An Ultimate Ungulate Fact SheetReturn to Artiodactyla

Kingdom: Animalia
  Phylum: Chordata
    Class: Mammalia
      Order: Artiodactyla
        Family: Camelidae
          Genus: Camelus

Camelus bactrianus

      Bactrian camel


Camelus bactrianus [Linnaeus, 1758].  
Citation: Syst. Nat., 10th ed., 1:65.
Type locality: "Bactria" (= Uzbekistan, Bokhara) (domesticated stock).

Click on the pictures above for a larger view of the photographs

General Characteristics

Body Length: 300 cm / 10 ft.
Shoulder Height: 180-230 cm / 6-7.6 ft.
Tail Length: 50 cm / 20 in.
Weight: 600-1000 kg / 1320-2200 lb.

The long, wooly coat varies in colour from dark brown to sandy beige.  There is a mane and beard of long hair on the neck and throat, with hairs up to 25 cm / 10 in long.  The shaggy winter coat is shed extremely rapidly, with huge sections peeling off at once, almost as if it were shorn off.  There are two humps on the back, which are composed of fat (not water as sometimes thought).  The face is long and somewhat triangular, with a split upper lip.  There are long eyelashes, which, along with the sealable nostrils, help to keep out dust in the frequent sandstorms which occur.  The two broad toes on each foot have undivided soles and are able to spread widely as an adaptation to walking on sand.

Ontogeny and Reproduction

Gestation Period: 12-14 months.
Young per Birth: 1, rarely 2
Weaning: At 1-2 years.
Sexual Maturity: Females at 3-4 years, males around 5-6 years.
Life span: 40 years.

The birthing season peaks in March-April.

Ecology and Behavior

Bactrian camels are extremely adept at withstanding wide variations in temperature - from freezing cold to blistering heat.  They have a remarkable ability to go without water for months at a time, but when water is available they may drink up to 57 liters at once.  When well fed, the humps are plump and erect, but as resources decline the humps shrink and lean to the side.  The rolling gait of the camel is accomplished by stepping forwards with both legs on the same side, much like the giraffe.  Speeds of up to 65 kmph / 40 mph have been recorded under extreme pressure.  As pack animals, these ungulates are virtually unsurpassed, able to carry 170-270 kg / 375-600 lbs at a rate of 47 km per day, or 4 kmph over a period of four days.  Bactrian camels are said to be good swimmers.  The sense of sight is well developed and the sense of smell is extremely good.  The population density of wild Bactrian camels is calculated to be 5 animals per 100 square kilometers.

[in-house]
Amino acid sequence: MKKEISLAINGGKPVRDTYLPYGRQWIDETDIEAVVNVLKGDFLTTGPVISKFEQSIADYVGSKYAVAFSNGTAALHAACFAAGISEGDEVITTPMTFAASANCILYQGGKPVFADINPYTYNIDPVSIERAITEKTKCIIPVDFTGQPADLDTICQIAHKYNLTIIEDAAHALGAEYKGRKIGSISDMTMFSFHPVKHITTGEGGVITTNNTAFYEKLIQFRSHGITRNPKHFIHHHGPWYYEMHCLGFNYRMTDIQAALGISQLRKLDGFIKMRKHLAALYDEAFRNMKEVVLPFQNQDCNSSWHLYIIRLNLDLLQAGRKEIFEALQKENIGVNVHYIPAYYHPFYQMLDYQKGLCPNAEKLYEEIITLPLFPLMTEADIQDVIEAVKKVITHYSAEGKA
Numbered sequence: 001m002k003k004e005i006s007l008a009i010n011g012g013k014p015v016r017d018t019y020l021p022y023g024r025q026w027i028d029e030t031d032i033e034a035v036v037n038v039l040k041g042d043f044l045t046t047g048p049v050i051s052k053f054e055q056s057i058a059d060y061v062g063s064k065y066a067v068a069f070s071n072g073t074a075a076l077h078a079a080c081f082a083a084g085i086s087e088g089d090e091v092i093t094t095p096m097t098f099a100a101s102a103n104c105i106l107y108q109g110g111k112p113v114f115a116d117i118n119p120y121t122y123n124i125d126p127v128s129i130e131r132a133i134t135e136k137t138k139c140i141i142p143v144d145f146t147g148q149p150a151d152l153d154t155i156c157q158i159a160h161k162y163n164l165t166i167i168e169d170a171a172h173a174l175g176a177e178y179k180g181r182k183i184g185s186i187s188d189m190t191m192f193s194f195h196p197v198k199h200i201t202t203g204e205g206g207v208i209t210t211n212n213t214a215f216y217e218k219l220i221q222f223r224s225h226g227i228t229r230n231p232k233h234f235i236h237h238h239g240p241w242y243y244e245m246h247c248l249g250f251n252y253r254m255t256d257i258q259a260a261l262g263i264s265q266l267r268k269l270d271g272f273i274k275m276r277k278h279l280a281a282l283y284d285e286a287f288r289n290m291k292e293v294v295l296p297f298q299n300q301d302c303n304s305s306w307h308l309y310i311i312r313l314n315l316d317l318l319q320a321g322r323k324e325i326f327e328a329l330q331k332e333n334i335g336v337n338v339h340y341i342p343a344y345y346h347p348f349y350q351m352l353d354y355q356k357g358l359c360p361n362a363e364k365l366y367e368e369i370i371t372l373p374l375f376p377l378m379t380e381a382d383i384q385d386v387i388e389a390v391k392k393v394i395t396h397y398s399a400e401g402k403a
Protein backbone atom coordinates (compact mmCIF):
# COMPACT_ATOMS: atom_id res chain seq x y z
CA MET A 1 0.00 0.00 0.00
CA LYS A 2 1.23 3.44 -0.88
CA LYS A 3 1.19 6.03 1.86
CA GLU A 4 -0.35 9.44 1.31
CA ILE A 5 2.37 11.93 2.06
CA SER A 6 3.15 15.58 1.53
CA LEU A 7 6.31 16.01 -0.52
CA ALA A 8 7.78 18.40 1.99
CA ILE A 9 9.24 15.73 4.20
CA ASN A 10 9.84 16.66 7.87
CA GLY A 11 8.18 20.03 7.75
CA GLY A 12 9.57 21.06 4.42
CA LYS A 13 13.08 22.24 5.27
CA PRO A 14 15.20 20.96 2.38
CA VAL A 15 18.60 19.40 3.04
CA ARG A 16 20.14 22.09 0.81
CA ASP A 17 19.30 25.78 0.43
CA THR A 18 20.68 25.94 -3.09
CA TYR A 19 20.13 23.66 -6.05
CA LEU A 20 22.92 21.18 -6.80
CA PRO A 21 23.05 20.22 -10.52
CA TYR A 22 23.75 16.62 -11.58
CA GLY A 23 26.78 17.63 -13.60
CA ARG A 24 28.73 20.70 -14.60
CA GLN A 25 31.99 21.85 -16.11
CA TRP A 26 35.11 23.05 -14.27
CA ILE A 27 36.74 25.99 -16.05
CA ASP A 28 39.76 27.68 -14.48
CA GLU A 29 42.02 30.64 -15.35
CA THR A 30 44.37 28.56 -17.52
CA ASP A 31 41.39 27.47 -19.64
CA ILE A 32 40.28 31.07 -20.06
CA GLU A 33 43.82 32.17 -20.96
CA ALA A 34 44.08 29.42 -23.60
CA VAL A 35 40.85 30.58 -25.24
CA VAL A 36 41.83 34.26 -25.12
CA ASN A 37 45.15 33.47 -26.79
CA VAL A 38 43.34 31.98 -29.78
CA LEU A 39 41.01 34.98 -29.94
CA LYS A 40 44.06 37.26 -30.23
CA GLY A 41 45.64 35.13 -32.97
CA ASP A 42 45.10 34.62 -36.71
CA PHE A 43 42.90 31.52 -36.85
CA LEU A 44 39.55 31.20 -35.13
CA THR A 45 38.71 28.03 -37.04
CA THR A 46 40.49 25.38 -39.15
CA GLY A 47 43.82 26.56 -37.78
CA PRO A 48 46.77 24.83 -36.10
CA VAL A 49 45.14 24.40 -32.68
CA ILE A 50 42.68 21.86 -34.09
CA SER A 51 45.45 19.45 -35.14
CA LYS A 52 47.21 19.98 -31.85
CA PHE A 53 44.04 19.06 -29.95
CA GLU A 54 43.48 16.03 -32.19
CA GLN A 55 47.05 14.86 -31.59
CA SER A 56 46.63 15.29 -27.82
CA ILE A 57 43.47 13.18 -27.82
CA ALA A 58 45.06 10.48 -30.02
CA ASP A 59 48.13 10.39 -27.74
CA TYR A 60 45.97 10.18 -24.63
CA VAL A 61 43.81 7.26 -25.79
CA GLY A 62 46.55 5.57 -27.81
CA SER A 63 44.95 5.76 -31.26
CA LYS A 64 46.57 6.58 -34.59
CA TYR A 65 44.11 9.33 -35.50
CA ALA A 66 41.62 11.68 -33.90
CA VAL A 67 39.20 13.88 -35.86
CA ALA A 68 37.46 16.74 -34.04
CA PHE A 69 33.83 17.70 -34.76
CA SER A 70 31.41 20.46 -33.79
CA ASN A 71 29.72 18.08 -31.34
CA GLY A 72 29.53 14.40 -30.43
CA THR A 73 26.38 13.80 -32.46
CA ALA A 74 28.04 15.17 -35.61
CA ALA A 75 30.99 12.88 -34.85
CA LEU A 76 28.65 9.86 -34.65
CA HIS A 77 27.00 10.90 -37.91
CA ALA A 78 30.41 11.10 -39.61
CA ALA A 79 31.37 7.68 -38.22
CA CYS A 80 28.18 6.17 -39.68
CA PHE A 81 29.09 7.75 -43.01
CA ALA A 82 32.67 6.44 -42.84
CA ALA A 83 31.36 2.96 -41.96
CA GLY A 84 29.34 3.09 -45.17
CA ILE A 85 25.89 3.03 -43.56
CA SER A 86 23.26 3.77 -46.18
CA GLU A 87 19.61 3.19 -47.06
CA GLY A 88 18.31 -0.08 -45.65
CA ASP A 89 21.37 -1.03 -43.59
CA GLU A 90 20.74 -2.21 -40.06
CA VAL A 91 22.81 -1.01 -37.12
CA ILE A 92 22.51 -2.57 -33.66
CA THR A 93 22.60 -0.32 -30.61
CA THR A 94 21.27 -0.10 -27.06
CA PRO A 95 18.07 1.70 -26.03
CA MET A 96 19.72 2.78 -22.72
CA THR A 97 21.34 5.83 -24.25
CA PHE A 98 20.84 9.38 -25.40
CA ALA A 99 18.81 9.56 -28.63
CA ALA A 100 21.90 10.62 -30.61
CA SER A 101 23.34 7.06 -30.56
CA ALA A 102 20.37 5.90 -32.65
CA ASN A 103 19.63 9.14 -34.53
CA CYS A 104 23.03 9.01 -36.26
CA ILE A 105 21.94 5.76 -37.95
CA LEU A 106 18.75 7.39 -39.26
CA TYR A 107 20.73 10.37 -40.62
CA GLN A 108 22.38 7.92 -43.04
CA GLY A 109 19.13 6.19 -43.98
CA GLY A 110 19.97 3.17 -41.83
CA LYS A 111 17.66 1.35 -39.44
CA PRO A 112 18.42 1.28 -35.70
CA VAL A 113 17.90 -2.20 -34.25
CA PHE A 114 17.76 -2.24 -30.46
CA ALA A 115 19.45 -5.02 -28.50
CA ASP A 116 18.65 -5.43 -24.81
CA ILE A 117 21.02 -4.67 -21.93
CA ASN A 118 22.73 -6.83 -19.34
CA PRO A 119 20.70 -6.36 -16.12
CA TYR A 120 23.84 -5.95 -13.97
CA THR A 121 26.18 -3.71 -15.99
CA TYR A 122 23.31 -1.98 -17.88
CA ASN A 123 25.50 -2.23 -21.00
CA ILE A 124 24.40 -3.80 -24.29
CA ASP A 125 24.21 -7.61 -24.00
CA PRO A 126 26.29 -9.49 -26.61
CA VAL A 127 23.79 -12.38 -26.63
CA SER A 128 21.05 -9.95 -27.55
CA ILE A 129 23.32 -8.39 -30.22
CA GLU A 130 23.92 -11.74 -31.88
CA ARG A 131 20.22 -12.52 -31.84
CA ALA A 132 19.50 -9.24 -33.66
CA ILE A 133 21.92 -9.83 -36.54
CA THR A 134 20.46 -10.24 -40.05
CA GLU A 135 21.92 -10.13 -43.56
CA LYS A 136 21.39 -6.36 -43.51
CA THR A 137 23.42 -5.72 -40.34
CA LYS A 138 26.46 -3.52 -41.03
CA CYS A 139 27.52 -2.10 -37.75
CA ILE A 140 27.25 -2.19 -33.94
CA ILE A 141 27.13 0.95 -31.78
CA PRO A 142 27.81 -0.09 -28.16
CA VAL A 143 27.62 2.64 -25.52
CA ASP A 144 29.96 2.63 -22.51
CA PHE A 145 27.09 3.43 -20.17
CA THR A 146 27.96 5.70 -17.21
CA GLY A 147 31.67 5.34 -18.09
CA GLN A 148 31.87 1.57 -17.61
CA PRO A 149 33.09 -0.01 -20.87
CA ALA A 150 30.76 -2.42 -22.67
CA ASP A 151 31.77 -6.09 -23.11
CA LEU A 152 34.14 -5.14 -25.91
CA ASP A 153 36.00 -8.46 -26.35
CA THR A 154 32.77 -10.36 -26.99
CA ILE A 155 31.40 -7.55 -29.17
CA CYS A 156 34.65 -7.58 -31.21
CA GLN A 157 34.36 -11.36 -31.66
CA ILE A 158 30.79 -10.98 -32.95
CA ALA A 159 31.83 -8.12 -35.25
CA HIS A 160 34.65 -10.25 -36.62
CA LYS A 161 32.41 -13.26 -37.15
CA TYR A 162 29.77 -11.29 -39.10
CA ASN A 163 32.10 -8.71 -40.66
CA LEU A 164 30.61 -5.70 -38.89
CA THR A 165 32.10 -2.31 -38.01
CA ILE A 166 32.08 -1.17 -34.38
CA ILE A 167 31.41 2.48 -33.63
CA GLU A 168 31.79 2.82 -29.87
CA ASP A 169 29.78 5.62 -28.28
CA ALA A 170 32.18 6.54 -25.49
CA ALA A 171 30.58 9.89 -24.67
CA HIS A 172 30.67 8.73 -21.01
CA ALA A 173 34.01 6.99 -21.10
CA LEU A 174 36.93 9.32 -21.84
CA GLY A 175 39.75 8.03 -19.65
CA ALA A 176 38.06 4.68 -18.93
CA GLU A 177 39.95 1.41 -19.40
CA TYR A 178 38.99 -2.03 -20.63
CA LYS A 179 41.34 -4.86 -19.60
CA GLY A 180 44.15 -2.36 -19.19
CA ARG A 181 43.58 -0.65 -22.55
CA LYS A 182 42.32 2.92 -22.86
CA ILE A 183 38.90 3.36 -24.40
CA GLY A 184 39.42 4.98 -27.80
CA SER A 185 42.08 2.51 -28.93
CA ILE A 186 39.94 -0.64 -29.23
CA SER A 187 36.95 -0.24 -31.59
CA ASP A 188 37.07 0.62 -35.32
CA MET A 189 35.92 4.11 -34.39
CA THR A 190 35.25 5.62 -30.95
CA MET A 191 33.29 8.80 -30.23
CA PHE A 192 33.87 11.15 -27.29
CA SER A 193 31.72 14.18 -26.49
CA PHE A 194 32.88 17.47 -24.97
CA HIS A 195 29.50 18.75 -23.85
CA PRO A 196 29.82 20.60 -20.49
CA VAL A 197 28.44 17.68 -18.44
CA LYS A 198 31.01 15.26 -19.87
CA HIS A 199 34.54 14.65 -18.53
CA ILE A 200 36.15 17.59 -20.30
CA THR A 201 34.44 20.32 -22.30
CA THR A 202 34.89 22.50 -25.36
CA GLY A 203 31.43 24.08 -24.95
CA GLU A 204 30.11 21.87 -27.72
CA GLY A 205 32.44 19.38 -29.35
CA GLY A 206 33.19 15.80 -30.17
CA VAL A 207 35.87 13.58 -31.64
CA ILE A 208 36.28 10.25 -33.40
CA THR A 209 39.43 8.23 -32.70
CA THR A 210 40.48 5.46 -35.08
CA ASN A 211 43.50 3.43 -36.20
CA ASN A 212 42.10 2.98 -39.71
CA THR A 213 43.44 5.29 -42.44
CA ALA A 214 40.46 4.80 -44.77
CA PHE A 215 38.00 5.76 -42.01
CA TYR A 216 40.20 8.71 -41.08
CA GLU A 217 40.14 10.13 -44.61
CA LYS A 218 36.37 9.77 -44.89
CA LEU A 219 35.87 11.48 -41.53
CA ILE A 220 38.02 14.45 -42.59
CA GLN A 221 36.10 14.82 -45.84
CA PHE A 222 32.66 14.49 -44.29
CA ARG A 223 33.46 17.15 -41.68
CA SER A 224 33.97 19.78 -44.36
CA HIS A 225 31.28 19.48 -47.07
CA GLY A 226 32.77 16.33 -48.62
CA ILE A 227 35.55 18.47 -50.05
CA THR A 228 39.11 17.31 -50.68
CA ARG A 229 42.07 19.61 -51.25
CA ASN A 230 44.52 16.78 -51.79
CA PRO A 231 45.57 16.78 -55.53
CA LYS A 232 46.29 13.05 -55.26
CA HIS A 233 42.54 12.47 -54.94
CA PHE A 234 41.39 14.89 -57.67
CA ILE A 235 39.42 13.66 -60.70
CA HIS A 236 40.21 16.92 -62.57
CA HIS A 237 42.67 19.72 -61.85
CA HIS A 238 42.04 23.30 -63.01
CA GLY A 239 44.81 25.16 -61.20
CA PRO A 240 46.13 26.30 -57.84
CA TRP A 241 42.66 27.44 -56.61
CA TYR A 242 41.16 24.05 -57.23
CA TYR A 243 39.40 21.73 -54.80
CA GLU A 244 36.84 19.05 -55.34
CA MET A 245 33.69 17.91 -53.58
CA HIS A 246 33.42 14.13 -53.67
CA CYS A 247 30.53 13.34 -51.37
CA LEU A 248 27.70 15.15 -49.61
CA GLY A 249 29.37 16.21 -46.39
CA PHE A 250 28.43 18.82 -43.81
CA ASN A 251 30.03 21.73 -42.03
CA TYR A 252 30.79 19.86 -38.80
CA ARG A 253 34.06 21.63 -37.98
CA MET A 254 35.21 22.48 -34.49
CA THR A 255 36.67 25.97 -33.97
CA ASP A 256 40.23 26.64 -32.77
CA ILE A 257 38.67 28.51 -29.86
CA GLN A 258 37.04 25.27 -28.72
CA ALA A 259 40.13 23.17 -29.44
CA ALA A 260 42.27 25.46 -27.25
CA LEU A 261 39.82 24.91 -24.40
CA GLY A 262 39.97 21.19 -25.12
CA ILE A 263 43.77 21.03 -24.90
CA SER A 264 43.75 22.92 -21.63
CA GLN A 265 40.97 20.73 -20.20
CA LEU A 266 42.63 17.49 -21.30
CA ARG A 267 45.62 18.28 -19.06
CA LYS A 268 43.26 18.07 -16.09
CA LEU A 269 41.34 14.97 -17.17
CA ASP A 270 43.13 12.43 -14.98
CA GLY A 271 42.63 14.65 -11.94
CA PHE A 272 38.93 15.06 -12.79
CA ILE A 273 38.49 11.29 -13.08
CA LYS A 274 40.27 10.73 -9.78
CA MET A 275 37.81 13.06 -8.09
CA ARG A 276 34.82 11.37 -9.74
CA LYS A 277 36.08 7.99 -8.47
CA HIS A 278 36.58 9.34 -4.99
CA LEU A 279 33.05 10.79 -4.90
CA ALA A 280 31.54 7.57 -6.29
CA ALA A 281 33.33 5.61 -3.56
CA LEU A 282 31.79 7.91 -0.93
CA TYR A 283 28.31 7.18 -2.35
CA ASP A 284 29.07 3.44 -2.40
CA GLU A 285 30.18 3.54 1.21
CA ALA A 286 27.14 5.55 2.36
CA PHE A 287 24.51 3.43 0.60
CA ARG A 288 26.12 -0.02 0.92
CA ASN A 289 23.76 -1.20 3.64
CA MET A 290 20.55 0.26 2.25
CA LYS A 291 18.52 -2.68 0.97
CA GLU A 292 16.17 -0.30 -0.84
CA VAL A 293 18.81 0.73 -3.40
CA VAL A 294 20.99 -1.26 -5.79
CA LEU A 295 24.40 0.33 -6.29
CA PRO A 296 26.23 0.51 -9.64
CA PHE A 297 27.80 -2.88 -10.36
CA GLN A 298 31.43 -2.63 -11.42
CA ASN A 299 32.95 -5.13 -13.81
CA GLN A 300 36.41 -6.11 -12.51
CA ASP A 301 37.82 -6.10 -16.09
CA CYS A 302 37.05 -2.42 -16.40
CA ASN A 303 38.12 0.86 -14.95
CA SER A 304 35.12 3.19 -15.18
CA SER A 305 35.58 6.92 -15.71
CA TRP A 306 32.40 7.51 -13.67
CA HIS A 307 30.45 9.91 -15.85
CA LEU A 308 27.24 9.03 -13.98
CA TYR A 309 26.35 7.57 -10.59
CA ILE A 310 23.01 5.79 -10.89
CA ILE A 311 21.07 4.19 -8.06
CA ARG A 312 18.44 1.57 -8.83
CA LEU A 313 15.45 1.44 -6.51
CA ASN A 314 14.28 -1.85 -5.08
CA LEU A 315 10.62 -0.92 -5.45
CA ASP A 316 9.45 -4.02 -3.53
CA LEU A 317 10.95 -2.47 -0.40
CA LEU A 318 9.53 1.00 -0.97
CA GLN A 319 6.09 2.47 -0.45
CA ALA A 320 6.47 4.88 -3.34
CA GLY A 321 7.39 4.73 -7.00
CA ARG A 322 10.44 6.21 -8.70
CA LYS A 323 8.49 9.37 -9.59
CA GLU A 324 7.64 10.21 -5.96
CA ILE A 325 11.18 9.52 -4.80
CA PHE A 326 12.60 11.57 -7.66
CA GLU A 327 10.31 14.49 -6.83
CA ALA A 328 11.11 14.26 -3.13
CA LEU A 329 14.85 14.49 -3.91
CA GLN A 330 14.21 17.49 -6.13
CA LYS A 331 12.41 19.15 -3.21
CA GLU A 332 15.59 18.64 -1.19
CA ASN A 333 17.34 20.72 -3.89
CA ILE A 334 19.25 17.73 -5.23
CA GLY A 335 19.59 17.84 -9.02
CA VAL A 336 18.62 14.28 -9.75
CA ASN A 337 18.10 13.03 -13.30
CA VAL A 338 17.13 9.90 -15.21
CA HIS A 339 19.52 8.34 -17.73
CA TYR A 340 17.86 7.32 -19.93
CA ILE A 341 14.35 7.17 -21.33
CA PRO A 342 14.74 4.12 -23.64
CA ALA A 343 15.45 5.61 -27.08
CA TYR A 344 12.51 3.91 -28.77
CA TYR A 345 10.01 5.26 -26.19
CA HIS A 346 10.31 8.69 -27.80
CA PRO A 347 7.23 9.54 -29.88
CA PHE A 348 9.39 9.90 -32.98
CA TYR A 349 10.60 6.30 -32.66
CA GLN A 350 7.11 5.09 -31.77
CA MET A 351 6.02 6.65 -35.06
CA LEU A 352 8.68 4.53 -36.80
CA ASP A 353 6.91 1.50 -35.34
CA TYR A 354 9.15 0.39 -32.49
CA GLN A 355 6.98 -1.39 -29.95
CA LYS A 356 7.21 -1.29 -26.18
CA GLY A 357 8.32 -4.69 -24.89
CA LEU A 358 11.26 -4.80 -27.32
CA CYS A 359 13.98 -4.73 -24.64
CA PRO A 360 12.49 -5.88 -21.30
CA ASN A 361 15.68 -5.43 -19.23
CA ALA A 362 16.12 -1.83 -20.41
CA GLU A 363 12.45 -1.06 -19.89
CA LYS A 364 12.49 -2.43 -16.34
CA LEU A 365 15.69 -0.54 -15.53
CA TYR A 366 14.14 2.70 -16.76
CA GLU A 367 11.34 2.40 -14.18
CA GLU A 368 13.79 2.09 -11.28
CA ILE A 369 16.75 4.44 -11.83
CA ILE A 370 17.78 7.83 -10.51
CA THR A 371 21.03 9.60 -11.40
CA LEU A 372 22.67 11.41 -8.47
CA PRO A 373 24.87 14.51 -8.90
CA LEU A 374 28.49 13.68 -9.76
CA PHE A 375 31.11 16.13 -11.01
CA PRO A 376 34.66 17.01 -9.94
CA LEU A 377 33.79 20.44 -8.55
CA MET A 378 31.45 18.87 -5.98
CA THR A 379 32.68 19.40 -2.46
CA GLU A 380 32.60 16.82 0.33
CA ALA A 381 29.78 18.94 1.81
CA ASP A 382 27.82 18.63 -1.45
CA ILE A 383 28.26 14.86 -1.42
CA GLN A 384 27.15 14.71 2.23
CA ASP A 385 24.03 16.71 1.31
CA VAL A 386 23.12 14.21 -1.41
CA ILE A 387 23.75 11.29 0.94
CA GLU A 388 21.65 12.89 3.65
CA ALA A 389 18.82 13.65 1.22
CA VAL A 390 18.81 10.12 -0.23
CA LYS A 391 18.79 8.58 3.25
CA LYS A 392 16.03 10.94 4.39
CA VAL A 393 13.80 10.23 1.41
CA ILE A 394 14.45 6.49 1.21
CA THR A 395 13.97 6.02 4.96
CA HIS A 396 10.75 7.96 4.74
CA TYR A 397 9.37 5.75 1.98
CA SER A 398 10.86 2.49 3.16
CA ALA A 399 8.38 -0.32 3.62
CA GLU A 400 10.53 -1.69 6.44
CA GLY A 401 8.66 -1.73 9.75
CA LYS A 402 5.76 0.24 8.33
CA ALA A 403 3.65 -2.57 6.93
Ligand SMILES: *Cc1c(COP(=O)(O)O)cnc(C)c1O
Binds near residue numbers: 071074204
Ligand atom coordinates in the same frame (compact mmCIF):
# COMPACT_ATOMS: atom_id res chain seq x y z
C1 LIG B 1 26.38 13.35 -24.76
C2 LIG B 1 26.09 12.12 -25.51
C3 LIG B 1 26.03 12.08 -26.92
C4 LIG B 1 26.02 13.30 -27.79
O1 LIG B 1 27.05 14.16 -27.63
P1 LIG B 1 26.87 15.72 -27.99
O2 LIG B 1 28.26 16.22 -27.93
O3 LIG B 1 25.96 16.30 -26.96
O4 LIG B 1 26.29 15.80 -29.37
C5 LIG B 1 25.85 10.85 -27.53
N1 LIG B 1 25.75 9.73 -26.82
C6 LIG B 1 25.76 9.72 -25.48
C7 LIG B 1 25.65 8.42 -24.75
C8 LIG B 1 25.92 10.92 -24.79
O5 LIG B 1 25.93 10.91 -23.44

Family group: In small groups of 6-30 females and young led by an adult male, or solitary.
Diet: Leaves, grasses, shrubs.
Main Predators: None known.


Desert and steppes in the Gobi desert.

Range Map (of wild camels, redrawn from Schaller, 1998)

Conservation Status

While domesticated camels number over 2 million, the wild Bactrian camel is classified as endangered by the IUCN (1996),


A simple way to remember which camel is a Bactrian and which is a Dromedary - if you rotate the first letter of the name so it sits flat, you will get the number of (visible) humps.  Camelus ferus is sometimes used as a synonym for C. bactrianus.  The Bactrian camel was domesticated at least 4,500 years ago in, appropriately, Bactria, near what is presently Turkmenia and northern Iran.  From there, their use as draft and pack animals spread into China, where they formed the main source of transportation on the Silk Road.  Camelus (Latin) a camel.  Bactria is a province of the ancient Persian empire; -anus (Latin) suffix meaning belonging to.

Literature Cited

Klingel, H.  1990.  Camels.   In Grzimek's Encyclopedia of Mammals.  Edited by S. P. Parker.  New York: McGraw-Hill.  Volume 5, pp. 85-96.

Nowak, R. M. [editor]. 1991. Walker's Mammals of the World (Fifth Edition). Baltimore: The Johns Hopkins University Press.

Schaller, G. B. 1998.  Wild Bactrian Camel. In Wildlife of the Tibetan Steppe. By George Schaller. Chicago: University of Chicago Press. pp. 151-162.

Wilson, D. E., and D. M. Reeder [editors]. 1993. Mammal Species of the World (Second Edition). Washington: Smithsonian Institution Press.  Available online at

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© Brent Huffman,
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